Self-Discipline and the Christian Walk

Discipline

Written by Kim Johnson, Author of immysister.org and I Am My Sister (Women helping Women)

I have always been able to control myself, even as a small child. Self-discipline was never really an issue for me, especially once I got it in my head that I had better do the right thing.  However…there have been times when my flesh hasn’t always fallen in line with my thinking.  I can remember a few times when the Holy Spirit told me to do one thing and I simply choose to do something else. I have to giggle when I think about it, because I rationalized my disobedience by telling myself that it was myself talking to me.   Sisters, I have loads of stories that I could share with you where I have listened to myself.  Some of my stories would make you laugh, and some, you would say, make me look pathetic. 

The thing is this, we cannot do everything we feel like doing as Christians.  We can’t tell people off because they hurt our feelings or offend us (even though we may want too).    And when people treat us bad or poorly we can’t treat them the same way. Instead, we have to let things go and pray for those that hurt us.  

I know you are probably saying it’s hard to do these things, but I’m telling you, you can do it;  I’m telling myself as well, because God knows, I am a work in progress.

Joel Osteen (2014), my favorite Pastor, tells us that “we cannot be loose in our morals.  We cannot let our flesh have its way.  We have to exercise self-control and discipline, we cannot say things, and then regret what we said later.  Had we been disciplined in what we said earlier, we wouldn’t feel bad later, and then wish we had never said it the first place.  Self-control and self-discipline go hand and hand, we must stay in control in all things and ways.”

The Apostle Paul also tells us about his own hard time when he was trying to do the right thing in his life and how it was a struggle.  He says, “What I am doing, I do not understand; for I am not practicing what I would like to do, but I am doing the very thing I hate (Romans 7:15-20).

“All of us can relate to the fierce internal struggle that Paul describes.  We find ourselves succumbing to sin, even though we want to honor God. The thing is this, until we stand in Jesus’ presence, we will all experience this battle.  The only way to win is by dying to ourselves so that Christ can live through us and by submitting to the Spirit’s overcoming wisdom and power”  (Stanley).

So what does dying to the flesh mean? According to the bible, the spirit is ready but the flesh is weak. The flesh is a source of temptation. The desires of the flesh can be sinful only if we give into them…we must die to the flesh by listening to the voice of God, and not ourselves! Dying in the Flesh is to trade your will, for God’s will, for your life.

Brothers and Sisters, do you hear me? Are you exercising self-control and self-discipline over your life?

References

Osteen, J. (2014, May 24). Being Disciplined and Rule Over Your Feelings. Retrieved from https://www.bing.com/videos/search?q=being+disciplined+and+rule+over+your+feelings+sermon&view=detail&mid=7E2EEA1ED9D8F15A855B7E2EEA1ED9D8F15A855B&FORM=VIRE

Stanley, C. (n.d.). Romans 7:15-20. In Life Principles Bible. Thomas Nelson. rio

Doing What God Called Me to Do

Written by Kim Johnson, Author of immysister.org

Sometimes God calls us to do things that we really don’t want to do. Some of the reasons we may not want to do them are, we lack self-confidence, we may doubt our ability to succeed, we don’t feel qualified, or, as simple as, we just plain ole are too tired and afraid. But! On the other hand, when God gives us a vision and we follow through with it, in spite of what we might be feeling, we are walking in obedience and demonstrating faith/trust in God.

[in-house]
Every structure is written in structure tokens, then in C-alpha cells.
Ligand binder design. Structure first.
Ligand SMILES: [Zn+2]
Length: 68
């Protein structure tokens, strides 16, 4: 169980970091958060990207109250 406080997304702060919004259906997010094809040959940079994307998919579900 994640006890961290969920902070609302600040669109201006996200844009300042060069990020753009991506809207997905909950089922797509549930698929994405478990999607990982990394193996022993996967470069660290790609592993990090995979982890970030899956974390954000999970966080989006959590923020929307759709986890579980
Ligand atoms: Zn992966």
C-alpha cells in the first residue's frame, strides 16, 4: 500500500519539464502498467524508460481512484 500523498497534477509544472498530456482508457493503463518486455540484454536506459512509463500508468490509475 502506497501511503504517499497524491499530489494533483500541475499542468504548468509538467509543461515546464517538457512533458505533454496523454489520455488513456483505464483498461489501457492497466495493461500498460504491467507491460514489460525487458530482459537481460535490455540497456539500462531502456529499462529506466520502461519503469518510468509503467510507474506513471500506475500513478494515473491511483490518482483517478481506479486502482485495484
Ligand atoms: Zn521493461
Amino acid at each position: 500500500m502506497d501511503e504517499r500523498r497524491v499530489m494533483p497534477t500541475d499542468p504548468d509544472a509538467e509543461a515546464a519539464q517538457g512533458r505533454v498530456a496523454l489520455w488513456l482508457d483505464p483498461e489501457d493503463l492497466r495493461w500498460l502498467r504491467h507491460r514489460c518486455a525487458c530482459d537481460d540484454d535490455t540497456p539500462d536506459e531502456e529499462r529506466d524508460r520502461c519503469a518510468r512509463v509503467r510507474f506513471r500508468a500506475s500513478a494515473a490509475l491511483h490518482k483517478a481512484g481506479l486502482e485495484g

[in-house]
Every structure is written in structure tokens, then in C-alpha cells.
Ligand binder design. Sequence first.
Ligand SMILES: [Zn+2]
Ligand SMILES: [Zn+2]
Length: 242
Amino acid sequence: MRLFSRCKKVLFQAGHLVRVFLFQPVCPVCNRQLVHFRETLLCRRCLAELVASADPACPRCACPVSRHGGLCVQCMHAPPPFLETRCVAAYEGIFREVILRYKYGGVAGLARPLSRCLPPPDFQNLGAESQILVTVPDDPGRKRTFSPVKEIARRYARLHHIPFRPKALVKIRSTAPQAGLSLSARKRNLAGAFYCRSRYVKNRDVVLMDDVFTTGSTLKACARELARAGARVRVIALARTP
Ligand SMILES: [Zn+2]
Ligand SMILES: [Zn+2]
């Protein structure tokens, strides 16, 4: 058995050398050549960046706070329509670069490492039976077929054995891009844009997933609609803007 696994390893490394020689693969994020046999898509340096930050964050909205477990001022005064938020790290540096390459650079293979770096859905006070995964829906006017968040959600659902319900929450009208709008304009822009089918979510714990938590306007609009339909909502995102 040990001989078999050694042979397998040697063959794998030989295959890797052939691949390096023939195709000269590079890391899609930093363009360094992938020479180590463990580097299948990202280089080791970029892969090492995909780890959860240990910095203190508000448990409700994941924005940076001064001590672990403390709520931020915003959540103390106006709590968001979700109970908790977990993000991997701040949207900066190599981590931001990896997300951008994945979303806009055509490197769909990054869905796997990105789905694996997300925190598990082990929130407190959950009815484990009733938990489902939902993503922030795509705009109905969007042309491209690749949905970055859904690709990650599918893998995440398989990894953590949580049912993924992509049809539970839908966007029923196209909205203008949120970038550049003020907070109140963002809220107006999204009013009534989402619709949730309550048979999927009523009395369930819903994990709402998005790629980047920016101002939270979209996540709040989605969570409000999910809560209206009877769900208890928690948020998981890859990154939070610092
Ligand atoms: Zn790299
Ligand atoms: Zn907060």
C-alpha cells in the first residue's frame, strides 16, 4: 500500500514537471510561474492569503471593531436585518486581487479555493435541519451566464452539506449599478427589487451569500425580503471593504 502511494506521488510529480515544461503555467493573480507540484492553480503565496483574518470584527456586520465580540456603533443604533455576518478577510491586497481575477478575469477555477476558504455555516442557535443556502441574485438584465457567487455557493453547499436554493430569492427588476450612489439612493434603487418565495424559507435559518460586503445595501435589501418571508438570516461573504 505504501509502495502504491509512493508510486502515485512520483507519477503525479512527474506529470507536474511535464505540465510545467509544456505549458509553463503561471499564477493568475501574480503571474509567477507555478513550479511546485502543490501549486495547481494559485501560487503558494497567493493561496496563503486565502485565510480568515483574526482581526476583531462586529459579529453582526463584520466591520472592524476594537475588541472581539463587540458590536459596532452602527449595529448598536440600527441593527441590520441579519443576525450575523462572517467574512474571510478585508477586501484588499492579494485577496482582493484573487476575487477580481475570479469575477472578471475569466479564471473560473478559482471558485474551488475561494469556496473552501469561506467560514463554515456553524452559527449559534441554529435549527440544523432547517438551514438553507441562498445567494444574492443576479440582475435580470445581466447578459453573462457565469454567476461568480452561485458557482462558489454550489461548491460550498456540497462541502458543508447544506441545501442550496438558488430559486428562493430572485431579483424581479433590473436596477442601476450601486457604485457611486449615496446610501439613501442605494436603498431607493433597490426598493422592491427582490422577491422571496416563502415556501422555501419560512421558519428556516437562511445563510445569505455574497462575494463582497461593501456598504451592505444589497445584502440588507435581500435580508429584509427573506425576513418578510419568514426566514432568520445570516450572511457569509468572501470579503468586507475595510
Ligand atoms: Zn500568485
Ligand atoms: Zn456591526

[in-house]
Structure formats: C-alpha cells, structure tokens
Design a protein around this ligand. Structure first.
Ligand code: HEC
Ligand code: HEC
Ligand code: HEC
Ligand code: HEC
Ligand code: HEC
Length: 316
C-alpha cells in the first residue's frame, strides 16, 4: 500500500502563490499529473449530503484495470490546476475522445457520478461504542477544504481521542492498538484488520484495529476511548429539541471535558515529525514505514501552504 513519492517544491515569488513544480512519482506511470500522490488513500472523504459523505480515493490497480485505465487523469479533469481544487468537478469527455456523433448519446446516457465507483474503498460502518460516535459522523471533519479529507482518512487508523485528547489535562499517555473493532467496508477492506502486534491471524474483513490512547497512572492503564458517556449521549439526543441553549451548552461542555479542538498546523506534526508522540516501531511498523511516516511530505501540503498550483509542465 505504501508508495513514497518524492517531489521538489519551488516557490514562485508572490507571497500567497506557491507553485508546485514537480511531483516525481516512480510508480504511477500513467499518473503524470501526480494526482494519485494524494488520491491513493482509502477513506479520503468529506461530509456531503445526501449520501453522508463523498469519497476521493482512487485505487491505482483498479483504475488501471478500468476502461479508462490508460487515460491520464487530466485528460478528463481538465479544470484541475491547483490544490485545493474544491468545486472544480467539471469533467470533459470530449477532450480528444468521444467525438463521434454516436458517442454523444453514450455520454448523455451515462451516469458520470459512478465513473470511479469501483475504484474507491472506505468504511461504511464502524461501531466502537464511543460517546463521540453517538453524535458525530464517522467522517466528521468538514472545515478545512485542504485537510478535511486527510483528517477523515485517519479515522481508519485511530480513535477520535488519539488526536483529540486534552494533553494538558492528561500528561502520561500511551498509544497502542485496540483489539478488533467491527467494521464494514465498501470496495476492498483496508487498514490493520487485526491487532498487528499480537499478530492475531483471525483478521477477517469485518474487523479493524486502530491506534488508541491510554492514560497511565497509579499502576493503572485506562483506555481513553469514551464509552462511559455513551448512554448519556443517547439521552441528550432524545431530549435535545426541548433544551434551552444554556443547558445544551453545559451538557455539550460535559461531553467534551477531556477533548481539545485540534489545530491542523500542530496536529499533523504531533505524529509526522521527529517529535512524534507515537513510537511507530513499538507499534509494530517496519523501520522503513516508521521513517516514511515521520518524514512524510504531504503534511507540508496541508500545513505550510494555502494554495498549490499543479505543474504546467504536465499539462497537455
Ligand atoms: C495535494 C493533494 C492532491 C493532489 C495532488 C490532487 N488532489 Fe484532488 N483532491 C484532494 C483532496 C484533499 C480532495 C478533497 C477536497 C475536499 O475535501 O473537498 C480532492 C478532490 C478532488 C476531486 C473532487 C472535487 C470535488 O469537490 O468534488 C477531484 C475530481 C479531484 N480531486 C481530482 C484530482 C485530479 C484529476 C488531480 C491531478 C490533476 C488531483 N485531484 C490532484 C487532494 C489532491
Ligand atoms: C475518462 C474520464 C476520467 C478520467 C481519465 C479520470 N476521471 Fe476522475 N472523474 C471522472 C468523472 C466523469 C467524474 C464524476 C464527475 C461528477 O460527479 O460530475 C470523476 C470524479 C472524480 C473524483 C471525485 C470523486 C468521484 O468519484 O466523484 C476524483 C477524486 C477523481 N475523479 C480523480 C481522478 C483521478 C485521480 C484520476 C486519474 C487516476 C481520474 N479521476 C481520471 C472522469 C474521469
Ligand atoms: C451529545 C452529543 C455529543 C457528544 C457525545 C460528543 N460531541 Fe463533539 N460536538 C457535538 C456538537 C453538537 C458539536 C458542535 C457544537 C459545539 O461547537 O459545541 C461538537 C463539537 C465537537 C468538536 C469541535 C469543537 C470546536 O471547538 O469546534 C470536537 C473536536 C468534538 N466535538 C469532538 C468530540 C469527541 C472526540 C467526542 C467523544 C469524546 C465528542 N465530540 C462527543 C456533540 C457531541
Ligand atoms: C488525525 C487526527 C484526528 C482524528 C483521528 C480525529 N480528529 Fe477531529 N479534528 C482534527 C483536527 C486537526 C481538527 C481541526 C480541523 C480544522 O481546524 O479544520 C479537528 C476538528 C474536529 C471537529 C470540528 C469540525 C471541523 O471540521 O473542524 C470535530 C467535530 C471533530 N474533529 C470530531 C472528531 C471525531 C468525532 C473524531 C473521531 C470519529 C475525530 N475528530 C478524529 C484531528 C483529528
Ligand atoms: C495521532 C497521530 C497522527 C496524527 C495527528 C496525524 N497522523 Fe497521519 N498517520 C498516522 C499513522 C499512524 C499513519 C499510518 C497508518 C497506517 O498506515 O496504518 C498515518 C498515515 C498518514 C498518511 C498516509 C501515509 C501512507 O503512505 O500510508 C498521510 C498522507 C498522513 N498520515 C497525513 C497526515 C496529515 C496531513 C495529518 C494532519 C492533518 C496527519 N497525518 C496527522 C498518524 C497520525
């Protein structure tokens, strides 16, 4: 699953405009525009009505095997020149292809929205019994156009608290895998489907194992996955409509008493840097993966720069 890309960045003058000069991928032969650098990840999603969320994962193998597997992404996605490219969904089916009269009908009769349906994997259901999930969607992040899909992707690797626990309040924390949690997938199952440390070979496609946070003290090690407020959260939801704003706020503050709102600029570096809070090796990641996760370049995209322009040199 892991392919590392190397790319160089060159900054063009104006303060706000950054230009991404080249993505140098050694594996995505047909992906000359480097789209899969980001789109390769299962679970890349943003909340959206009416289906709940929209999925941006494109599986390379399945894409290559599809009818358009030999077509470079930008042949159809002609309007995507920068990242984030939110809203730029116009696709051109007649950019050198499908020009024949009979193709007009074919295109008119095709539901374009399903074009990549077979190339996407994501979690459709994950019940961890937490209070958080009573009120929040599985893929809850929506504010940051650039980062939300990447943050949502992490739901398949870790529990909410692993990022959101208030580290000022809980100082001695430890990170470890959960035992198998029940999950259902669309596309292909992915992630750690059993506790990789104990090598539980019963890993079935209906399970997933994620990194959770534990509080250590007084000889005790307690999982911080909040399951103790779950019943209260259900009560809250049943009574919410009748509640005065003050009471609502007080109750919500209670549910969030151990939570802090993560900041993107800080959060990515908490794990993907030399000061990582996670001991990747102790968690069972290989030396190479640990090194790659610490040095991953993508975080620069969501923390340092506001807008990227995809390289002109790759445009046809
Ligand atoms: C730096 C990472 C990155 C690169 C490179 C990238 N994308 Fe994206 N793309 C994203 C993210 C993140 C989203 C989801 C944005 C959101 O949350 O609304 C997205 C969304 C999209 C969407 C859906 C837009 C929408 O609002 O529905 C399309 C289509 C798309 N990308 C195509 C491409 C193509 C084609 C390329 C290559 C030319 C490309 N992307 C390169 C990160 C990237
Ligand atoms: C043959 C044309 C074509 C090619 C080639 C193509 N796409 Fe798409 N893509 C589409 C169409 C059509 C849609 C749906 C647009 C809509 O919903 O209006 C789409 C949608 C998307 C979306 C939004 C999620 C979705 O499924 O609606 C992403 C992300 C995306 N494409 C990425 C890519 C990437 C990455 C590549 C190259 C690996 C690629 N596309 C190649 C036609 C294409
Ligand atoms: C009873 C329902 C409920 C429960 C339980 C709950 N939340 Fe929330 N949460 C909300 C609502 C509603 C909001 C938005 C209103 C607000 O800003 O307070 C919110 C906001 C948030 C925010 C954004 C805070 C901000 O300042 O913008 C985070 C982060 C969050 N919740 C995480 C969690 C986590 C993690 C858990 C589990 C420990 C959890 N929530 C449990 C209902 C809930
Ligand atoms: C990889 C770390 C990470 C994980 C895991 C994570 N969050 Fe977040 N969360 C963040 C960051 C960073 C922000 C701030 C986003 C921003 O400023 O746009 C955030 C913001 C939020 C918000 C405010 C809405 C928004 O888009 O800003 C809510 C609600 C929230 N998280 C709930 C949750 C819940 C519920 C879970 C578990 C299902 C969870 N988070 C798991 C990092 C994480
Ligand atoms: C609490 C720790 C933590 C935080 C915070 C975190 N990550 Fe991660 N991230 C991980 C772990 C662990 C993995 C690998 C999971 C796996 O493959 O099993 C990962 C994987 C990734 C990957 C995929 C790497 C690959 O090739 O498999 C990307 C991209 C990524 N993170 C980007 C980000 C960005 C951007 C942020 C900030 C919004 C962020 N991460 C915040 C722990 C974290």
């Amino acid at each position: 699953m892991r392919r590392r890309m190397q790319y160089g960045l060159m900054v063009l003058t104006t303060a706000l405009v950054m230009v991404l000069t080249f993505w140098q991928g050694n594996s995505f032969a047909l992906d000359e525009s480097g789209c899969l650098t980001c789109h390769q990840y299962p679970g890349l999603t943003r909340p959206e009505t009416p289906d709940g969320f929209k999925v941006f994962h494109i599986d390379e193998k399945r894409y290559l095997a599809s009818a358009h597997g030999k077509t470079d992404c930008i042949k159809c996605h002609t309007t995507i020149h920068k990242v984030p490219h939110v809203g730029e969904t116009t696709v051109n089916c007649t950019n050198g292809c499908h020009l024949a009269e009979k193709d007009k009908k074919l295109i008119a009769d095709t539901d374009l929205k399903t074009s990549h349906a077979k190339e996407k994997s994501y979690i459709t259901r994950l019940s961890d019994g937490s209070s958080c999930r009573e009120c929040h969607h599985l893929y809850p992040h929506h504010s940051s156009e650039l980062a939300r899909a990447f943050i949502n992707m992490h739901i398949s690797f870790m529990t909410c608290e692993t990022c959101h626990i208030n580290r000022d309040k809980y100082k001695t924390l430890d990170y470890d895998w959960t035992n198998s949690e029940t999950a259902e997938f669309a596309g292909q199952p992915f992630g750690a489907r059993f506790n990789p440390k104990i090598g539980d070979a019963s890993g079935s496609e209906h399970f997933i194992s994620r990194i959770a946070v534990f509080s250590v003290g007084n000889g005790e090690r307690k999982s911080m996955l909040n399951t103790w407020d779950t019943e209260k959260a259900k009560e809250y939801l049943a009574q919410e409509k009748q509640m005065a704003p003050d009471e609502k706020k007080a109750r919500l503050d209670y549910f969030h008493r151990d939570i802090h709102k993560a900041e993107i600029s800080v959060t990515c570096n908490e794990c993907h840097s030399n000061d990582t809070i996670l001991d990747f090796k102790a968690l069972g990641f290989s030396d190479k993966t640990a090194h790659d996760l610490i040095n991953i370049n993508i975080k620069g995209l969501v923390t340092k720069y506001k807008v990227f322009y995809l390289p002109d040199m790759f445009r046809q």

As for me, I want to be obedient and I want to do what God calls me to do. However, I am no different than anyone else, walking in obedience is hard for me too.  Especially, if it involves a lack of sleep, stress, driving some place I don’t want to go and dealing with difficult people.

Nevertheless, I have learned to push past my feelings and trust God no matter what I see, because I don’t like consequences and I don’t want God to give my assignment to someone to else.

In any event, the bible tells us that blessed are those who hear the word of God and observe it (Luke 11:28, NIV).  Charles Stanley explains that God always promises to bless joyful obedience.  And that we delight God’s heart when we choose to rely on the power of the Holy Spirit to do what He commands us to do.  Often, God’s greatest blessings come as a result of our willingness to do something that appears very insignificant.

So ask yourself, has God been challenging you to do something seemingly unimportant that you have rationalized by saying, it’s too difficult, I don’t want to, or I have to pray about it first?

The thing is this, our obedience always benefits others. God often rewards others in particular, those closest to us as a result of our obedience. For example, when a father obeys the Lord, his entire family reaps the reward of God’s blessings.  Likewise, a child’s obedience will bless his or her parents.  This does not mean that those who choose to disobey the Lord will escape His discipline because of someone else’s godly walk. His call to obedience always demands our response.  However, when we live obedient lives, those who know and love us will sense the peace and joy he has given us.  And, instead of conflict, there will be contentment and that is just one part of experiencing God’s goodness (pg. 1198).

Sister to Sister do you hear me, are you walking in Godly obedience?

Reference

Stanley, C. F. (2009). Life Principles Bible. In C. Stanley (Ed.). Thomas Nelson.

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